Transitional Kindergarten Gains Support in California
Some California lawmakers are sending a strong message to the state's school districts to move ahead with transitional kindergarten in the next school year, even though Gov. Jerry Brown has proposed eliminating the program's funding.
On Tuesday, the state Assembly Budget Subcommittee on Education Finance voted to reject the governor's budget proposal to eliminate transitional kindergarten.
"This is a program that benefits young children and it's going to help them succeed all the way through. I believe the cost savings will be significant in the future because of the readiness and because of what it is going to be offering to these young children,"
Assembly member Susan Bonilla, chairwoman of the budget subcommittee, said in a release provided by Preschool California, a nonprofit advocacy organization supporting transitional kindergarten.
More than 120 school districts have been moving ahead with implementing transitional kindergarten, which is required by state law, even as they remain in limbo about whether they'd get state money to help pay for it. Others have put plans on hold as they wait to see what will happen with the state funding.
In January, Brown proposed to save about $223 million by eliminating funding for the program, causing an uproar of protest from school officials, educators and parents. Last month, California Watch reported that Brown introduced additional budget language that "would allow school districts to decide for themselves whether to offer the program, with full state funding. Parents and schools would use a special waiver to enroll students into kindergarten before their 5th birthday."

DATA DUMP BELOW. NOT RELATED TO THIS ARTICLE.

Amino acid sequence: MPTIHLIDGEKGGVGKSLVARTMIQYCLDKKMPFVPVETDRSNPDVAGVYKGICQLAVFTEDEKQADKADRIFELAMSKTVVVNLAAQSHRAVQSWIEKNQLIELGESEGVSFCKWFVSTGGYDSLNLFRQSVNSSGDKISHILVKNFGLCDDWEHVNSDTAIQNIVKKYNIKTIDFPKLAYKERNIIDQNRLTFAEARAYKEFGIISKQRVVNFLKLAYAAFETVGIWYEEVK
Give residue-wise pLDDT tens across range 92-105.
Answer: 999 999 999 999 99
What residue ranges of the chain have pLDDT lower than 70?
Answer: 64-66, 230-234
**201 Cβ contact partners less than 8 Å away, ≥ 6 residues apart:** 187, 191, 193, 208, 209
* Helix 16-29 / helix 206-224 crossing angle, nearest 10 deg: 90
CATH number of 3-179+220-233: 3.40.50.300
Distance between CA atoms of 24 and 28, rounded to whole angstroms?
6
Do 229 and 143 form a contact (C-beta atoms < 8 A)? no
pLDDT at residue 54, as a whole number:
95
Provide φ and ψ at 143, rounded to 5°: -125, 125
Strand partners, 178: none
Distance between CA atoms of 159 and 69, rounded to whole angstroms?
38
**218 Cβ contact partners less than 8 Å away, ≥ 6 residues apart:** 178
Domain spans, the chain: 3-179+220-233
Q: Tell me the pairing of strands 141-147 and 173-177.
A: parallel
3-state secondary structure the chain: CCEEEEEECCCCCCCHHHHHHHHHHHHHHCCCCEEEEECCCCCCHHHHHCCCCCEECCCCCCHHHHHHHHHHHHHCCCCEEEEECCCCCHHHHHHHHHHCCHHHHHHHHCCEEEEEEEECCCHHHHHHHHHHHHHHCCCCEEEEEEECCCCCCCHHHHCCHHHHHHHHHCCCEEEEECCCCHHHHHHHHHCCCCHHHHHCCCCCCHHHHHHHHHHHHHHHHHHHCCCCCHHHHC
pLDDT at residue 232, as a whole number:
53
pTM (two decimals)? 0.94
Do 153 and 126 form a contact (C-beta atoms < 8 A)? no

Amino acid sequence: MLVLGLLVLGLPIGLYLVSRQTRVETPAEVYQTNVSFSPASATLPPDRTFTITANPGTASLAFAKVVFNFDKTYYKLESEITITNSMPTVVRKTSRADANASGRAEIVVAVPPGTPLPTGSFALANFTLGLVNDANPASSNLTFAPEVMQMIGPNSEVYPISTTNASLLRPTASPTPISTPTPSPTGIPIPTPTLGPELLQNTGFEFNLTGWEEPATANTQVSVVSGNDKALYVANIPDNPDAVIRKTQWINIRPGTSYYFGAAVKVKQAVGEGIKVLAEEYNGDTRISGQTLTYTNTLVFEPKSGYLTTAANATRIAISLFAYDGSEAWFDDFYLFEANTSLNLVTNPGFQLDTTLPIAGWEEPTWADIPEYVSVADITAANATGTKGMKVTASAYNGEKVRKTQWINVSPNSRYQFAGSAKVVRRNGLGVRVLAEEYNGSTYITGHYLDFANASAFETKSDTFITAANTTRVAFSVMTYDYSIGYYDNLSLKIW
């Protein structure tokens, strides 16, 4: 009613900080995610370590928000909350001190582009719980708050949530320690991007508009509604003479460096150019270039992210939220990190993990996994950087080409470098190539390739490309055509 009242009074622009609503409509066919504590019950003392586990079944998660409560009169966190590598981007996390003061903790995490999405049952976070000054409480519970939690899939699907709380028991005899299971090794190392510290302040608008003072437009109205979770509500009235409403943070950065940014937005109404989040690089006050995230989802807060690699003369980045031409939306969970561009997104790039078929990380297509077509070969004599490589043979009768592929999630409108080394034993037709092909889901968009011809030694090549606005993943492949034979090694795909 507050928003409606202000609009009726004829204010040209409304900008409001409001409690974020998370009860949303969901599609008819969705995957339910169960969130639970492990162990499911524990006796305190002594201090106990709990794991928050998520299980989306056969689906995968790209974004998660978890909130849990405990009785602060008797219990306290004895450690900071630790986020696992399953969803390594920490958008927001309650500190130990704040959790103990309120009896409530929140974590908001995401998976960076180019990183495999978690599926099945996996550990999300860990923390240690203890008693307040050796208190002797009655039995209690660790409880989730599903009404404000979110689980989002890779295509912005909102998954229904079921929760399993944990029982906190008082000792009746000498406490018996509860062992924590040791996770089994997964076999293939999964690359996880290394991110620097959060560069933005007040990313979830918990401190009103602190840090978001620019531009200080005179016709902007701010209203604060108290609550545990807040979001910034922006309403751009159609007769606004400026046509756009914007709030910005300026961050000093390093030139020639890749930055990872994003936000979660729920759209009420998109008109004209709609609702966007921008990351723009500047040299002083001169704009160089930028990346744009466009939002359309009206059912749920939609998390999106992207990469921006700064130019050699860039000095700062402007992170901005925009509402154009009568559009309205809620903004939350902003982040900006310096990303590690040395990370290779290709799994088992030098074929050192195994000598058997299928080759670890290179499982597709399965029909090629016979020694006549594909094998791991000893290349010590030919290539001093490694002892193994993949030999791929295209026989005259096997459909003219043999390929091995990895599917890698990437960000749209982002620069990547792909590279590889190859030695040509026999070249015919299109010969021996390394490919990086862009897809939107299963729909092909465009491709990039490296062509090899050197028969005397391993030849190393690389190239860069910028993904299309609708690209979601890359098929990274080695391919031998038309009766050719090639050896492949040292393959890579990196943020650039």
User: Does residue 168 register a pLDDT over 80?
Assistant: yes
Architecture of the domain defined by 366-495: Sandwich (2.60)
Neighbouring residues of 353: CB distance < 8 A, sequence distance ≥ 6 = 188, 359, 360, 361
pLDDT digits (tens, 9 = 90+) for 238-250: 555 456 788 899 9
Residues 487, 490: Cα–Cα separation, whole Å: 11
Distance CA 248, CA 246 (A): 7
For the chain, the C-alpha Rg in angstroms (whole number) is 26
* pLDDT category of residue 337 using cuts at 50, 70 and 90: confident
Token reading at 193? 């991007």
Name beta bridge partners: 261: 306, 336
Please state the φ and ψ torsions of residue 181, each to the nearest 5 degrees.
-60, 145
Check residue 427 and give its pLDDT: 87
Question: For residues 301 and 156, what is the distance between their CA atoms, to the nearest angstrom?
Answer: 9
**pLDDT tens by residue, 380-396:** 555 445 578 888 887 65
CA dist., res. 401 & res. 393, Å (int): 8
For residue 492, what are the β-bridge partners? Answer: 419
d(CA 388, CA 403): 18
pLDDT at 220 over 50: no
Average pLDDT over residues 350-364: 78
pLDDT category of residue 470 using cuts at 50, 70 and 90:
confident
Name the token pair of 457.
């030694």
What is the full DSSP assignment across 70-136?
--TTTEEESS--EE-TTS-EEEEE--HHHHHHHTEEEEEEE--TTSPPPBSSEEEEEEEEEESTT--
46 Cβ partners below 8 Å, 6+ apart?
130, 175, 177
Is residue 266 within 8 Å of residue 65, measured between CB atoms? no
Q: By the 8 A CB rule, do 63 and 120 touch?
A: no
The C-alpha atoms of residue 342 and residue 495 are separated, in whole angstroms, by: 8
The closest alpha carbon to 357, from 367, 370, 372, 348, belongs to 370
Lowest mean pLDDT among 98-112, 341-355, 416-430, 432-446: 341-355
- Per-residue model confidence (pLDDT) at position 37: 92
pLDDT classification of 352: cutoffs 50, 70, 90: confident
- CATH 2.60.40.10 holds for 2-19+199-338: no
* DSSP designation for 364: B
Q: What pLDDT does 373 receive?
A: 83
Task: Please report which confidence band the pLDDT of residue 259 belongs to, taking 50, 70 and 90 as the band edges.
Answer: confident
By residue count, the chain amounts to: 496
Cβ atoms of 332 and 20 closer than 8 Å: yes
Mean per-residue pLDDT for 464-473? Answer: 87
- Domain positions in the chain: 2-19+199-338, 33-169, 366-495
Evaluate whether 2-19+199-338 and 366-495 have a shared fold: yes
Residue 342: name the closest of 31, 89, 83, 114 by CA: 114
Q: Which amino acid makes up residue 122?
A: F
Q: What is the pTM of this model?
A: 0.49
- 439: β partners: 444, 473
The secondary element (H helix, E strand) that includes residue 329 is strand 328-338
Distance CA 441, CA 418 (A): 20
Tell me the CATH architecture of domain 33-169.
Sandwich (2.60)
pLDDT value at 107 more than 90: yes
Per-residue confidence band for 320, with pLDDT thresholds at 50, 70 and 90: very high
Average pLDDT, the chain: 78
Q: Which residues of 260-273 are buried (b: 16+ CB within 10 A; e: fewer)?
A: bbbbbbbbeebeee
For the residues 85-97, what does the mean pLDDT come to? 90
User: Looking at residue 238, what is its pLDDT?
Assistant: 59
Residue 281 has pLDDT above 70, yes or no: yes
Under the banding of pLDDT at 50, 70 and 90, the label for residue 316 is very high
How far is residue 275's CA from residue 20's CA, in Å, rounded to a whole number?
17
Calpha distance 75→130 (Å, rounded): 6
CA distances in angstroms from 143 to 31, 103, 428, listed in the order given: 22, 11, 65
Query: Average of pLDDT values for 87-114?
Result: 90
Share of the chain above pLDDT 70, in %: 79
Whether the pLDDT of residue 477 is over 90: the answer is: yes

"That means, depending on the legislature's actions, schools would either be required to offer transitional kindergarten this fall, or have a choice. Either way, they would receive funding for the program," the web site reported.
That news has only added to the confusion faced by districts, which are mandated by the state's 2010 Kindergarten Readiness Act to provide transitional kindergarten in fall 2012. The law also rolls back the cutoff date by which children must be 5 to enter kindergarten to Sept. 1, from Dec. 1. Transitional kindergarten, the first year of a two-year kindergarten program, would provide an additional year of instruction to help those children who would turn 5 during that three-month period get ready for regular kindergarten.
Last week, the San Francisco Unified School District announced it would offer transitional kindergarten at two sites instead of districtwide because of the continuing uncertainty over whether the California legislature would mandate and fund the program.
Advocates for transitional kindergarten claim that eliminating the program would leave as many as 125,000 of the state's youngest kindergarten-aged kids with no place to go, as parents scramble to find preschool or day care for next year.
The legislature is required to approve a budget by July.